Article by: Hari Yellina
To safeguard the state from the Varroa mite, restrictions on the importation of bees, hives, and related products into SA from NSW have been implemented. Beeswax comb (including comb containing brood and honey), apiary products not exempted by the commercial honey exemption, used beekeeping tools and equipment, clothing, footwear, veils, and gloves, hives, and hive components, as well as shipping containers that have held any apiary products, as well as regulated article-carrying vehicles, are all included in this.
Following the discovery of Varroa mite in NSW, these items cannot be imported into SA from NSW without the chief inspector of stock’s written consent. The PIRSA website has information on the application process. PIRSA is considering possibilities to allow bees to enter from NSW in light of the forthcoming almond pollination season. To find out if there are any methods that would permit the migration of bees from NSW without providing an unacceptable risk to SA’s apiary and horticultural businesses, a risk assessment would need to be carried out.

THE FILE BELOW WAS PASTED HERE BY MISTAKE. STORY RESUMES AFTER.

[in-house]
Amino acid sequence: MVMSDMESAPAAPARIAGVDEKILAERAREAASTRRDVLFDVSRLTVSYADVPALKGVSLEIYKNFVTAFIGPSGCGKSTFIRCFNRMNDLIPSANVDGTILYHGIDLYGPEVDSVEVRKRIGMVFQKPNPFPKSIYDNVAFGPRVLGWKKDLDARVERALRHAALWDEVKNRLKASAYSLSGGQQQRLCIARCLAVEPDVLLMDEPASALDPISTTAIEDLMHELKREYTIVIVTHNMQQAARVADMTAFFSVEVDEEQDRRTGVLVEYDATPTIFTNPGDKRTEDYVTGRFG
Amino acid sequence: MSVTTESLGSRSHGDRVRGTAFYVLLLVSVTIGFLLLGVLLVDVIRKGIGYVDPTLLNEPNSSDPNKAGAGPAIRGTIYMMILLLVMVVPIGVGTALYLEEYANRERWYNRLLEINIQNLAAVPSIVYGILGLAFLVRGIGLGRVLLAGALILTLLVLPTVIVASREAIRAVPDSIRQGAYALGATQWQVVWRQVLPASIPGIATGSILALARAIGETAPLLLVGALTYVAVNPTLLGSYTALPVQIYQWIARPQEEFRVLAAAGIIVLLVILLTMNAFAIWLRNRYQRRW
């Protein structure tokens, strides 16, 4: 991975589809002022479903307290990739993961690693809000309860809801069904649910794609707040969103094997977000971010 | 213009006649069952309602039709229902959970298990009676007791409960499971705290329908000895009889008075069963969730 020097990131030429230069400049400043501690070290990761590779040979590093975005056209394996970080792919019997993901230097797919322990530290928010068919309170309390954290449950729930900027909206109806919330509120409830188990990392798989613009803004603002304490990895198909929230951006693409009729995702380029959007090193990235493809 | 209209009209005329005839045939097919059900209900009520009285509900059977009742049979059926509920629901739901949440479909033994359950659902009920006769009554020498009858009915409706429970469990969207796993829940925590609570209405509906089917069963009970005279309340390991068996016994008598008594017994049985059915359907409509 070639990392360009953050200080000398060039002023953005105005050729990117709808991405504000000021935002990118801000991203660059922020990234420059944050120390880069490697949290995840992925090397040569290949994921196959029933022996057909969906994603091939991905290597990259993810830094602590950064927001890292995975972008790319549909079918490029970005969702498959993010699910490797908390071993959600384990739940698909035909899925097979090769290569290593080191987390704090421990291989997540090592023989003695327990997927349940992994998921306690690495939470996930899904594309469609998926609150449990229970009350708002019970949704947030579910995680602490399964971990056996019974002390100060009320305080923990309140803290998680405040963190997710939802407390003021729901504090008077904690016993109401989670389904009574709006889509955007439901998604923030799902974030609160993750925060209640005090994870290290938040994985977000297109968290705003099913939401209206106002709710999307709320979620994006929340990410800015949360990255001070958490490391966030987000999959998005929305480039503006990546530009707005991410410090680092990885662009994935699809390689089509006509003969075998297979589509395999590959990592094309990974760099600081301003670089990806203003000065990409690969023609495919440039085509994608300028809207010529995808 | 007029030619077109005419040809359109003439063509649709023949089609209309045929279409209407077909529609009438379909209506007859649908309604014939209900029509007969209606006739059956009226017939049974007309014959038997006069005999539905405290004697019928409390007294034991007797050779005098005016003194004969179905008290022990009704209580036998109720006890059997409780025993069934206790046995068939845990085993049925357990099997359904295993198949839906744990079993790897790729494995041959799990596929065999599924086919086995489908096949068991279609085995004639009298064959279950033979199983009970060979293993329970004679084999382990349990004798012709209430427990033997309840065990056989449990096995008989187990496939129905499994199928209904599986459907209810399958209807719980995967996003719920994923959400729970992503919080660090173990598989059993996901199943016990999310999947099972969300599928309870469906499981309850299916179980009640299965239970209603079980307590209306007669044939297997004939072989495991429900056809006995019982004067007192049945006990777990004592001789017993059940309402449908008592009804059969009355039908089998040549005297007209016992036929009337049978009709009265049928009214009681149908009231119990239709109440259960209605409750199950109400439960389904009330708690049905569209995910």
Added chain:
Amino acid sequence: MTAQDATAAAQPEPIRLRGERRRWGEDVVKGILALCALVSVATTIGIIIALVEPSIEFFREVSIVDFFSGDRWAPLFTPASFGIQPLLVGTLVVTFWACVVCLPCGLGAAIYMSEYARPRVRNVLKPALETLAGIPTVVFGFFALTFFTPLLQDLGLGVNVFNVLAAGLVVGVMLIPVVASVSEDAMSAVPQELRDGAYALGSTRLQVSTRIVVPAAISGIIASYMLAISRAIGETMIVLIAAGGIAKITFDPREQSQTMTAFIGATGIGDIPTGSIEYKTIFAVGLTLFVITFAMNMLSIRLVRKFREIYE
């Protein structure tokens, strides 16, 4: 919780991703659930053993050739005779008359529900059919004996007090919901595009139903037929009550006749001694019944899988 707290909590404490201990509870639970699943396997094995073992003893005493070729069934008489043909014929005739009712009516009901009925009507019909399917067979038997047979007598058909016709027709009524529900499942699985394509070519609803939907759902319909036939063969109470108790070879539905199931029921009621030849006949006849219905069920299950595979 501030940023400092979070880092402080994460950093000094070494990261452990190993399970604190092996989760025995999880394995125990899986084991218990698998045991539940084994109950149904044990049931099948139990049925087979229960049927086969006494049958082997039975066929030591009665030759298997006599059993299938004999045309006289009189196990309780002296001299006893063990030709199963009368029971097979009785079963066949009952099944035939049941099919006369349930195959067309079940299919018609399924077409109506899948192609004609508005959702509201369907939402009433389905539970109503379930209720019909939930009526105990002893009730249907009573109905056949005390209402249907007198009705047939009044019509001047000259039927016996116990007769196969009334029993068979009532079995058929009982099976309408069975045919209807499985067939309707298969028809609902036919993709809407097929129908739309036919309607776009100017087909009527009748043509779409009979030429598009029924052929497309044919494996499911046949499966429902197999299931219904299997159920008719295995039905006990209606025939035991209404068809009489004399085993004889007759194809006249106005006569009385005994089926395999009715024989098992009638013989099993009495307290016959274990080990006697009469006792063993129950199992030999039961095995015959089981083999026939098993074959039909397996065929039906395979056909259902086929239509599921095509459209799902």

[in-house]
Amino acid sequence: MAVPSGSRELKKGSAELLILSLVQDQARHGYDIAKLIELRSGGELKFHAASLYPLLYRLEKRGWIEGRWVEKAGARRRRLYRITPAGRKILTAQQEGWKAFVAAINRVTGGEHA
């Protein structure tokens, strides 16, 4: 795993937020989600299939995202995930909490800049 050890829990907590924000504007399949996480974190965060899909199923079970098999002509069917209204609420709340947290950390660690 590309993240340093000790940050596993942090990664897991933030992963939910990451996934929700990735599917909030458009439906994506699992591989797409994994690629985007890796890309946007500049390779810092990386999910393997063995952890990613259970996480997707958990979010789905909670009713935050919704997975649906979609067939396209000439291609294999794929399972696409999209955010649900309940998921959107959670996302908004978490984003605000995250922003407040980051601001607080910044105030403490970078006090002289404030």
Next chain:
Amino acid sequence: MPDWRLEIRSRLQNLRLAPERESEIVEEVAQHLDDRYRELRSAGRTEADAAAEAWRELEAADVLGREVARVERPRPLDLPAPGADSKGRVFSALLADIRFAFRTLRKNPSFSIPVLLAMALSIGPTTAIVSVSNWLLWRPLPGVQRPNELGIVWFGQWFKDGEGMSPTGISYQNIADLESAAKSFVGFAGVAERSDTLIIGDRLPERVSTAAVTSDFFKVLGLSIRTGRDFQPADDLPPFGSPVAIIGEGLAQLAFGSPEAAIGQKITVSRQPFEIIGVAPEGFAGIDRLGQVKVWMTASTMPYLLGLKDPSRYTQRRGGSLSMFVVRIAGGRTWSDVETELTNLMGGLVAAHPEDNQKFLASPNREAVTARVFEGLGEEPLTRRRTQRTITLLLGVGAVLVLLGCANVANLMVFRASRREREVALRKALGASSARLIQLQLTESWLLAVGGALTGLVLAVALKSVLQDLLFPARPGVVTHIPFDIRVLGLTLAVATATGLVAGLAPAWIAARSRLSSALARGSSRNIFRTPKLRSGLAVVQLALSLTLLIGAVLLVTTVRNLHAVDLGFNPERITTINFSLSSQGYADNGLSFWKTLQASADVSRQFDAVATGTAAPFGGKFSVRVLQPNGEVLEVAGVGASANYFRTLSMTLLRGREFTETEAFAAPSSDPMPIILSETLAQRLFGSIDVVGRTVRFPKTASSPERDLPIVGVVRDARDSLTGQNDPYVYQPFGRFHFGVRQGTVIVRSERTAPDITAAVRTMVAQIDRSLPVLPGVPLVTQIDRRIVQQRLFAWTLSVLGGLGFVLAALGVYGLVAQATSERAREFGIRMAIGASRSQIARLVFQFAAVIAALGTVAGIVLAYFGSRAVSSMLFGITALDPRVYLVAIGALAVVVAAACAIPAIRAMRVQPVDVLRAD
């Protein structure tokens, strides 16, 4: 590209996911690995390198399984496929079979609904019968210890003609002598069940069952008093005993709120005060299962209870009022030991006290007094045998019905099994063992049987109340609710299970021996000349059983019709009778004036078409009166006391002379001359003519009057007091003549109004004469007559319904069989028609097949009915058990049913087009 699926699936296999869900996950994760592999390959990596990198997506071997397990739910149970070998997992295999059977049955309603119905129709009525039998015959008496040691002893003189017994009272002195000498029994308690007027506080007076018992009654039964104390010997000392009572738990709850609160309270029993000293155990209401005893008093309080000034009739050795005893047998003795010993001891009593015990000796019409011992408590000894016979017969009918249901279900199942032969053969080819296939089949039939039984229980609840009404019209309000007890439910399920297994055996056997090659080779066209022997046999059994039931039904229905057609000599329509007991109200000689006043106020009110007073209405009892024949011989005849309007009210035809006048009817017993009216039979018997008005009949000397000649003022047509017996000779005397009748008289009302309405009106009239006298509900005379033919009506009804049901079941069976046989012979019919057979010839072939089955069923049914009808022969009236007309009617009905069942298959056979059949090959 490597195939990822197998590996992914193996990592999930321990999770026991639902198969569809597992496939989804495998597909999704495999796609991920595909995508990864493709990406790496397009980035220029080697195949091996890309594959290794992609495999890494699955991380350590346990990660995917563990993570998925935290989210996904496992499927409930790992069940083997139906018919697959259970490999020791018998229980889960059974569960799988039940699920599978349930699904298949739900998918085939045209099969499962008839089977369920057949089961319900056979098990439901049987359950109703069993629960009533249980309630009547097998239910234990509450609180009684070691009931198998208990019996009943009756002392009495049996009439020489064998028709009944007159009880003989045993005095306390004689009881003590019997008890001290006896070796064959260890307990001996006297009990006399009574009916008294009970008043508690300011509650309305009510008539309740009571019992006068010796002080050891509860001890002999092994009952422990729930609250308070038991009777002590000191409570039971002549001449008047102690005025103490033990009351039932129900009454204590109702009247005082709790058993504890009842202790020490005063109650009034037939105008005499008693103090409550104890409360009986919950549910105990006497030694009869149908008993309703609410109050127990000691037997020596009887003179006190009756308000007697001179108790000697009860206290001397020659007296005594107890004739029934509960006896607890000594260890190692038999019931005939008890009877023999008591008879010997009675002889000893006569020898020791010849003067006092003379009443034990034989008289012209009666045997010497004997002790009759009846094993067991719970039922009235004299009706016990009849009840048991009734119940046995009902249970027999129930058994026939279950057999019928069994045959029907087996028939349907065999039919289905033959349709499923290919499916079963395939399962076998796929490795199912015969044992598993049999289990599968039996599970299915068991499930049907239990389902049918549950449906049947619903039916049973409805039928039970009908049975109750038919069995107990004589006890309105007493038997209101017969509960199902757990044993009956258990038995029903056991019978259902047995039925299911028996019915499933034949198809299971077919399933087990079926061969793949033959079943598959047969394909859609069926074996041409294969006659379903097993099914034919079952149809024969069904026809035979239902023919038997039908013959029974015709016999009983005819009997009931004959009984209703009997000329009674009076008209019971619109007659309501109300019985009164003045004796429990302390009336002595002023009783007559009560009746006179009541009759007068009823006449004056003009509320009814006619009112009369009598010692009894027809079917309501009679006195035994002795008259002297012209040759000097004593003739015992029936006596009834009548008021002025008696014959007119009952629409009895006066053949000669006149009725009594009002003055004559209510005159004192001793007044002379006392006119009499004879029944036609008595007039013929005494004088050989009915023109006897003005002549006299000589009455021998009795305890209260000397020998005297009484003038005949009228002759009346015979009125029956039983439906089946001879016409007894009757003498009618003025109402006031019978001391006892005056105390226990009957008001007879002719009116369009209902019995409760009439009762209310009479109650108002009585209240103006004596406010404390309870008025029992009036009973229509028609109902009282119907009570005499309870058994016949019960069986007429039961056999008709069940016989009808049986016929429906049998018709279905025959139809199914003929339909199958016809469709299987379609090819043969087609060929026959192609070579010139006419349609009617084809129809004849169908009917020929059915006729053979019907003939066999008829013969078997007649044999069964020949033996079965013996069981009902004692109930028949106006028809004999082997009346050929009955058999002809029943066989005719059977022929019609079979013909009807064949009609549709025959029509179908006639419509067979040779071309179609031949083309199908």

Through the national emergency plant pest response procedure, the State Government collaborates closely with the NSW Department of Primary Industries, the Australian Department of Agriculture, Water and Environment, pollination-dependent industries, such as almonds, and the SA apiary industry. To combat the spread of the Varroa mite into South Africa, PIRSA has established an Incident Management Team. All beekeepers were encouraged to check their hives and collect samples for the reddish-brown Varroa mite, which is a parasite of the European honey bee and is about 1mm in diameter, according to incident controller Michael McManus.
Every beekeeper has a duty to take care of their hives, and bee biosecurity is essential for safeguarding the industry against pests and diseases, he added. Email [email protected] or phone the Exotic Plant Pest Hotline at 1800 084 881 if you think your bees may have the Varroa mite. Minister of primary industries and regional development Clare Scriven stated that an SMS alert and email containing comprehensive information and guidance on what beekeepers and apiarists in this state need to do in response to the detection have been sent to SA registered beekeepers and the industry network. In South Africa, there are approximately 3000 registered beekeepers and 61,000 hives. The pollination of agricultural and horticultural crops worth an estimated $1.7 billion by the SA apiary industry results in honeybee products worth more than $11 million.